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Obesity: ‘Slim chance’ of return to normal weight

The chance of returning to a normal weight after becoming obese is only one in 210 for men and one in 124 for women over a year, research suggests.

For severe obesity, shedding excess weight in a year is even more unlikely, a study of UK health records concluded.

Researchers say current strategies for helping obese patients are failing.

A team from King’s College London is calling for “wider-reaching public health policies” to prevent people becoming obese in the first place.

Lead researcher Dr Alison Fildes said the main treatment options offered to obese people in the UK – weight management programmes via their GP – were not working for the vast majority.

“Treatment needs to focus on stopping people gaining more weight and maintaining even small levels of weight loss,” she said.

“Current strategies that focus on cutting calories and boosting physical activity aren’t working for most patients to achieve weight loss and maintain that.

“The greatest opportunity for fighting the obesity epidemic might be in public health policies to prevent it in the first place at a population level.”

Health records

The research tracked the weight of 278,982 men and women between 2004 and 2014 using electronic health records.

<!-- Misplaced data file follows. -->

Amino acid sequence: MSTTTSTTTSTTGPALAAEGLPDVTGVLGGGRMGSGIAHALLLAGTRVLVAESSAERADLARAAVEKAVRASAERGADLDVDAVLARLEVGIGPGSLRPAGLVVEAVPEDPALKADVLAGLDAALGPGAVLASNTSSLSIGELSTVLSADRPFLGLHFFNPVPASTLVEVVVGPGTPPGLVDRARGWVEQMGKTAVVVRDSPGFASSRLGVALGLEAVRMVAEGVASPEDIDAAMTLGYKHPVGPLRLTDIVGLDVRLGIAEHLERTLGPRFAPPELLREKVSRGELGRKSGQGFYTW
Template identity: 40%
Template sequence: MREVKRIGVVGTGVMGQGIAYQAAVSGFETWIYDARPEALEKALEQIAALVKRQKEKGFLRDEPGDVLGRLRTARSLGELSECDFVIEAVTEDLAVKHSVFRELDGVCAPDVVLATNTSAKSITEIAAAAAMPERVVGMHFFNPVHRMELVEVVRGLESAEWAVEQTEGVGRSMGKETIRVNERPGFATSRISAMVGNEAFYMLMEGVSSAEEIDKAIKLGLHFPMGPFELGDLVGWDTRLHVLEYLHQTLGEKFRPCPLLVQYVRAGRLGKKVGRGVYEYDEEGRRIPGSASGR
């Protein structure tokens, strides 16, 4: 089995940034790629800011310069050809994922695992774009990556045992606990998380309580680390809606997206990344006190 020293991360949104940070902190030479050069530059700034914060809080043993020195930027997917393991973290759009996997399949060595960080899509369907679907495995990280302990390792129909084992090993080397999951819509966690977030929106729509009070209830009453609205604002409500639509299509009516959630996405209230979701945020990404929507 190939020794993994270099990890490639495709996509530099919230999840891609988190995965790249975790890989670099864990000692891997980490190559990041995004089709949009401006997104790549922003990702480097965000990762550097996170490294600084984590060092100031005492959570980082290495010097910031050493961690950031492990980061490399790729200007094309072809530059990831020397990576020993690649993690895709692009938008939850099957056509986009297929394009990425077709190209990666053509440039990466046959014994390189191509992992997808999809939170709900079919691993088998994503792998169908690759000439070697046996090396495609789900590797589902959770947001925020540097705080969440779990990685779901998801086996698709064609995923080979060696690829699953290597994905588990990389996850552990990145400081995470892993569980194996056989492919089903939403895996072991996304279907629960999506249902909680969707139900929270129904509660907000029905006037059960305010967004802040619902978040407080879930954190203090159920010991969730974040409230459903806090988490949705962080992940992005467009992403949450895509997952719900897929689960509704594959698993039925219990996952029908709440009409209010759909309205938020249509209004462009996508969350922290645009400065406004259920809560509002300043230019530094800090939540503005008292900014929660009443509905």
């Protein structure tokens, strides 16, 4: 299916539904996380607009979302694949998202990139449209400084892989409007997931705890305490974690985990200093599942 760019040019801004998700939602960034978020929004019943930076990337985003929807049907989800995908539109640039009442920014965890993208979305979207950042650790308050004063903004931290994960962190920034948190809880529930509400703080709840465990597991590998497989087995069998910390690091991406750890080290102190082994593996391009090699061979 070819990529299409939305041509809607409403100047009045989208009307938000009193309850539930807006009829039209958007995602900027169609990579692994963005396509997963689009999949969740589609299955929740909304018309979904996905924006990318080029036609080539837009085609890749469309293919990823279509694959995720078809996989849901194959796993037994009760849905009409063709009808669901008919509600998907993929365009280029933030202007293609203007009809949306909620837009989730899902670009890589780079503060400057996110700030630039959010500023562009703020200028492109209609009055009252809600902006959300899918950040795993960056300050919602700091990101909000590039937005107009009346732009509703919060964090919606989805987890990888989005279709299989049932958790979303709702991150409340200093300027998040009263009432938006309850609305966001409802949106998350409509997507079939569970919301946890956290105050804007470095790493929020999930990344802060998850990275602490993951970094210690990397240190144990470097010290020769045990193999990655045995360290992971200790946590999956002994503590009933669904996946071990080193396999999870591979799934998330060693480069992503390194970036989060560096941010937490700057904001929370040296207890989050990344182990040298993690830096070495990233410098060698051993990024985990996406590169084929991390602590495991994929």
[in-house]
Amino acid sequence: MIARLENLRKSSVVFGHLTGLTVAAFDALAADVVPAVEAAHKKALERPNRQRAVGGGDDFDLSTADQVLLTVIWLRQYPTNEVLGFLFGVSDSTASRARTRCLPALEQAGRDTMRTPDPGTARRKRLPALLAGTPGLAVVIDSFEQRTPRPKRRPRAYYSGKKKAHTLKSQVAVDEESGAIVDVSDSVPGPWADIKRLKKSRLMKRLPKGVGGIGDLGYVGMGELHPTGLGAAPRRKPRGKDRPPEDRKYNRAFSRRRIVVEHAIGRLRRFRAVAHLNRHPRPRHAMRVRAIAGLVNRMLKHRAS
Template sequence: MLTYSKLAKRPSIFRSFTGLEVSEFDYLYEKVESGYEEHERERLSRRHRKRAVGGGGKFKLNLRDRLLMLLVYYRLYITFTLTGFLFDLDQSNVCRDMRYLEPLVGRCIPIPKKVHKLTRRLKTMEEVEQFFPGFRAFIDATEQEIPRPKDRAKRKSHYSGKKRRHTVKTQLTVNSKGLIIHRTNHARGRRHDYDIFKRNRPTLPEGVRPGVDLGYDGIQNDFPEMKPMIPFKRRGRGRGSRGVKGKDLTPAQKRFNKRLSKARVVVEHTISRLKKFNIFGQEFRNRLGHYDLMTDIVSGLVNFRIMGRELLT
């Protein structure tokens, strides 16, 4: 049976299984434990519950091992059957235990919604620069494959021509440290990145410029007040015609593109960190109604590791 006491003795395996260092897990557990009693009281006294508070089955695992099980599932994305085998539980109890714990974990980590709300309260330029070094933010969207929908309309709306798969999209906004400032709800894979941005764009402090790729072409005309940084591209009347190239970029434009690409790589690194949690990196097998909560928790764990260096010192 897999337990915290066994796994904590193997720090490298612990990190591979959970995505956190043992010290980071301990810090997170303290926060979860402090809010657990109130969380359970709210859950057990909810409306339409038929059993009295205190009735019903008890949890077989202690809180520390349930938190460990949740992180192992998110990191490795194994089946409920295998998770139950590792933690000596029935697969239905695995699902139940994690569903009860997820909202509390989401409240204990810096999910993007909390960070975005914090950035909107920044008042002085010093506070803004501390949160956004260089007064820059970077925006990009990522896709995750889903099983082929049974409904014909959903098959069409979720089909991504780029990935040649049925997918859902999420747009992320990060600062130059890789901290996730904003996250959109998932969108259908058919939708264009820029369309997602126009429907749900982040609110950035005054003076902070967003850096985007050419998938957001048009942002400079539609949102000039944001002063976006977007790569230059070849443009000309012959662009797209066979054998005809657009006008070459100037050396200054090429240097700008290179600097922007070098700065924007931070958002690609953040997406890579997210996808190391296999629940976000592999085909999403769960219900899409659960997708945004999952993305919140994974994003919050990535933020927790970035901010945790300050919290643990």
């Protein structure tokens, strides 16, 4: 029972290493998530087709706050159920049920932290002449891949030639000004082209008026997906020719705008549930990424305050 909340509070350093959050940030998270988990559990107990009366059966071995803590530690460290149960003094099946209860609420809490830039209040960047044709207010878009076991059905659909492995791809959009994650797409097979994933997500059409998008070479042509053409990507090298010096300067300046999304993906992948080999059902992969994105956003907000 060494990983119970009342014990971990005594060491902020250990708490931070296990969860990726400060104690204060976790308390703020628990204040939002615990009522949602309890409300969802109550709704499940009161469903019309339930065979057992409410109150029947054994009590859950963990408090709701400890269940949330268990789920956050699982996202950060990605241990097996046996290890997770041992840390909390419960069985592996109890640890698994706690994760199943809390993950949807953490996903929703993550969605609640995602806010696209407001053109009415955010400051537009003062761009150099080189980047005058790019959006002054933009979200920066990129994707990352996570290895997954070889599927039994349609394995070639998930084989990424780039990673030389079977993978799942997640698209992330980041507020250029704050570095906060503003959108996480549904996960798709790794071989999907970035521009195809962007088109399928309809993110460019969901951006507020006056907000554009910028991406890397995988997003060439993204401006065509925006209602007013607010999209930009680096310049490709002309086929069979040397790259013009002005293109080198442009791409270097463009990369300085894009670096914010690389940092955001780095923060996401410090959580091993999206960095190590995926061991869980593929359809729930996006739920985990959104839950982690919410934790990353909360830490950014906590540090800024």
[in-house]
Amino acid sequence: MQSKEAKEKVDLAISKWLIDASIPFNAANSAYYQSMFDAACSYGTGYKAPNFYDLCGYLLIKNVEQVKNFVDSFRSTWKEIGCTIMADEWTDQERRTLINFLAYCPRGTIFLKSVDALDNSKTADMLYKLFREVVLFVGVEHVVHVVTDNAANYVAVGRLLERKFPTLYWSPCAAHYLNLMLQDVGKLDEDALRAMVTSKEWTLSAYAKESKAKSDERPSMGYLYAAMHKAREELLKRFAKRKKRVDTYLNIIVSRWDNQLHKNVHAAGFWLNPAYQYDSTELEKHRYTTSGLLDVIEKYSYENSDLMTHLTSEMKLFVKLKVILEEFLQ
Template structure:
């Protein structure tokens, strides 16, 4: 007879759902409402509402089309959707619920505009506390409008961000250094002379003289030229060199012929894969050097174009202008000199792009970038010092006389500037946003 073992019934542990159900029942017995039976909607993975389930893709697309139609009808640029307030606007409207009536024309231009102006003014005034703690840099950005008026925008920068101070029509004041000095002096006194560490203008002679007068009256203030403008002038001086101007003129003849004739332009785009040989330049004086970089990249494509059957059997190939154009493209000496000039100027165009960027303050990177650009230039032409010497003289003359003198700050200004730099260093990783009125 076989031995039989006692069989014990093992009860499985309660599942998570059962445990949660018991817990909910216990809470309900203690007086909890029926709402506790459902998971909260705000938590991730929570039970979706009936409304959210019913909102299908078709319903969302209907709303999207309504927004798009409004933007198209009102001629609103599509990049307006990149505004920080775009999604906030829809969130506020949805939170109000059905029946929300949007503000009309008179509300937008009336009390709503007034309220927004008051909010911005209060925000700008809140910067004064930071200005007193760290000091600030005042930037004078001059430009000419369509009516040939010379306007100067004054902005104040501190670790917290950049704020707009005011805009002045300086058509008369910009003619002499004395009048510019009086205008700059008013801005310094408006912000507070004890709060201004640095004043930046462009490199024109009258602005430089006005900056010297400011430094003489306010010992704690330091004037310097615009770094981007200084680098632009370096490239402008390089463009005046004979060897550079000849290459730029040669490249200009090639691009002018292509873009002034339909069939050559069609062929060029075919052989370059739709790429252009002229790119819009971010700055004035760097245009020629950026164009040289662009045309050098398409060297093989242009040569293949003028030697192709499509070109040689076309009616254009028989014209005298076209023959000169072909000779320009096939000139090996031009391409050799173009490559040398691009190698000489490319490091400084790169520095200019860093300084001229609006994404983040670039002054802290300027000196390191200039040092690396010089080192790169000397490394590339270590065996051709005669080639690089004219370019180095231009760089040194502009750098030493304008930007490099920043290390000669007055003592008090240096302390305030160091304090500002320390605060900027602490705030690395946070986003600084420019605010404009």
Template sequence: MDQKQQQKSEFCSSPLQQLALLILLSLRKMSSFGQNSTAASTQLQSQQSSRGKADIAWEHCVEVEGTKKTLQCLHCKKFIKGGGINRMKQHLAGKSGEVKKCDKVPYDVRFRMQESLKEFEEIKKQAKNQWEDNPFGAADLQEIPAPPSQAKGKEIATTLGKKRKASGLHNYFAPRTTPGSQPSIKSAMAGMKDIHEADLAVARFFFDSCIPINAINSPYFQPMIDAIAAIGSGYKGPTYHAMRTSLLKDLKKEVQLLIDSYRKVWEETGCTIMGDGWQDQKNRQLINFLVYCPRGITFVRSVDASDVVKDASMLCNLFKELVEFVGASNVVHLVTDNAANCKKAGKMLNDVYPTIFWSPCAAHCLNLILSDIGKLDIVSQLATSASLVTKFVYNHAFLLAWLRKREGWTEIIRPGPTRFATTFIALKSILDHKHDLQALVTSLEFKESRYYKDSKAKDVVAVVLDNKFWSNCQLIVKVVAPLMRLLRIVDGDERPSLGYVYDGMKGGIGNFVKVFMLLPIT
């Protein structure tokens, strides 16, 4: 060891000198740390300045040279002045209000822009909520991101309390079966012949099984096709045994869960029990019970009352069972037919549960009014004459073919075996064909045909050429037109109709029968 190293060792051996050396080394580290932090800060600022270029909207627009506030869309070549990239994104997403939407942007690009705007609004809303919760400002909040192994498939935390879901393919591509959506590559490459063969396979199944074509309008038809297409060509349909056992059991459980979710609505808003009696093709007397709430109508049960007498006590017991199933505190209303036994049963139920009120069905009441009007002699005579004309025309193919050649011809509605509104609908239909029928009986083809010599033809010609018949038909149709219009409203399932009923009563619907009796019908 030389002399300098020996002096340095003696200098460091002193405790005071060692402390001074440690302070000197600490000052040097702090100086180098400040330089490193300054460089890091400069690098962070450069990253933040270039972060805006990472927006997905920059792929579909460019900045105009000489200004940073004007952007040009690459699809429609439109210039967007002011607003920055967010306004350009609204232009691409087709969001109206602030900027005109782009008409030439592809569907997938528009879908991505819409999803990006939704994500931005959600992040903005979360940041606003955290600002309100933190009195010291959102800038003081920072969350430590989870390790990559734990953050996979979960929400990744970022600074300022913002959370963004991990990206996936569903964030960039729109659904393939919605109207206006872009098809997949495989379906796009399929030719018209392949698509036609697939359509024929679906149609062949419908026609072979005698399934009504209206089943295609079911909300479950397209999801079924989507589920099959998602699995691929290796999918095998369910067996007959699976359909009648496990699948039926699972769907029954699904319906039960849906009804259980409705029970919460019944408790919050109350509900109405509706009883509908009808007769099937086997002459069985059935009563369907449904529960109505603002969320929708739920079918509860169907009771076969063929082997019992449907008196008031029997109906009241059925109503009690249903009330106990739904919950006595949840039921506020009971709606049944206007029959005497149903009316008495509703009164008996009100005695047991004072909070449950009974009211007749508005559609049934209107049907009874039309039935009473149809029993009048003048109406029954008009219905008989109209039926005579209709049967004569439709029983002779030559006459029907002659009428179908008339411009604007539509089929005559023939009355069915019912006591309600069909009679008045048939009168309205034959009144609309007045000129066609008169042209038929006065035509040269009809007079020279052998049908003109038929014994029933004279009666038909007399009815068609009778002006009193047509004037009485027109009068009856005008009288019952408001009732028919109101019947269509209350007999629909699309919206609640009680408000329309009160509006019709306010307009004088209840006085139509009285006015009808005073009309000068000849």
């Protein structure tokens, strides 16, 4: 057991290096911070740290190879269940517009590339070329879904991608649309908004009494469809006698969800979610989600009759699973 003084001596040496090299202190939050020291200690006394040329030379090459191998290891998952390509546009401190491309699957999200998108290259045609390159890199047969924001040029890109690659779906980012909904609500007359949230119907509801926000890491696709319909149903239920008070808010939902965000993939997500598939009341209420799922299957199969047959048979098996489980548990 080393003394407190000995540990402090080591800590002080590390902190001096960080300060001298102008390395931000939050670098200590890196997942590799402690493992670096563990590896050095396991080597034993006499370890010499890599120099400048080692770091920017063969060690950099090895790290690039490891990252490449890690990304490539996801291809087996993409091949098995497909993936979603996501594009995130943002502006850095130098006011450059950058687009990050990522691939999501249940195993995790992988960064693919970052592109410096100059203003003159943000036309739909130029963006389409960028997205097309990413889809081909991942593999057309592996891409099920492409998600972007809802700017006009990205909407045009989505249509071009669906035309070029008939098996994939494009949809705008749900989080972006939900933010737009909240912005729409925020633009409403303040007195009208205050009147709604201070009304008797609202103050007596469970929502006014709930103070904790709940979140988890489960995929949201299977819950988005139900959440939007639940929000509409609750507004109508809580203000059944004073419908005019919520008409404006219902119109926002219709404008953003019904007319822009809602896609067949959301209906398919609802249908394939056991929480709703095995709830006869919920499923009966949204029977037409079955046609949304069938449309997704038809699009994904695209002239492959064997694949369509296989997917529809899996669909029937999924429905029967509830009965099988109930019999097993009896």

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People who had had weight loss surgery were excluded.

During the study, 1,283 men and 2,245 women got back to a normal body weight.

For obese people (with a Body Mass Index of 30 to 35), the annual probability of slimming down was one in 210 for men and one in 124 for women.

This increased to one in 1,290 for men and one in 677 for women with morbid obesity (BMI 40 to 45).

Dr Fildes said the figures for losing 5% of body weight were more encouraging – one in 12 men and one in 10 women managed this over a year, although most had regained the weight within five years.

And more than a third of the men and women studied went though cycles of weight loss and weight gain.

Co-researcher Prof Martin Gulliford of King’s College London said current strategies to tackle obesity were failing to help the majority of obese patients shed weight.

“The greatest opportunity for stemming the current obesity epidemic is in wider-reaching public health policies to prevent obesity in the population,” he said.

The research is published in the American Journal of Public Health.

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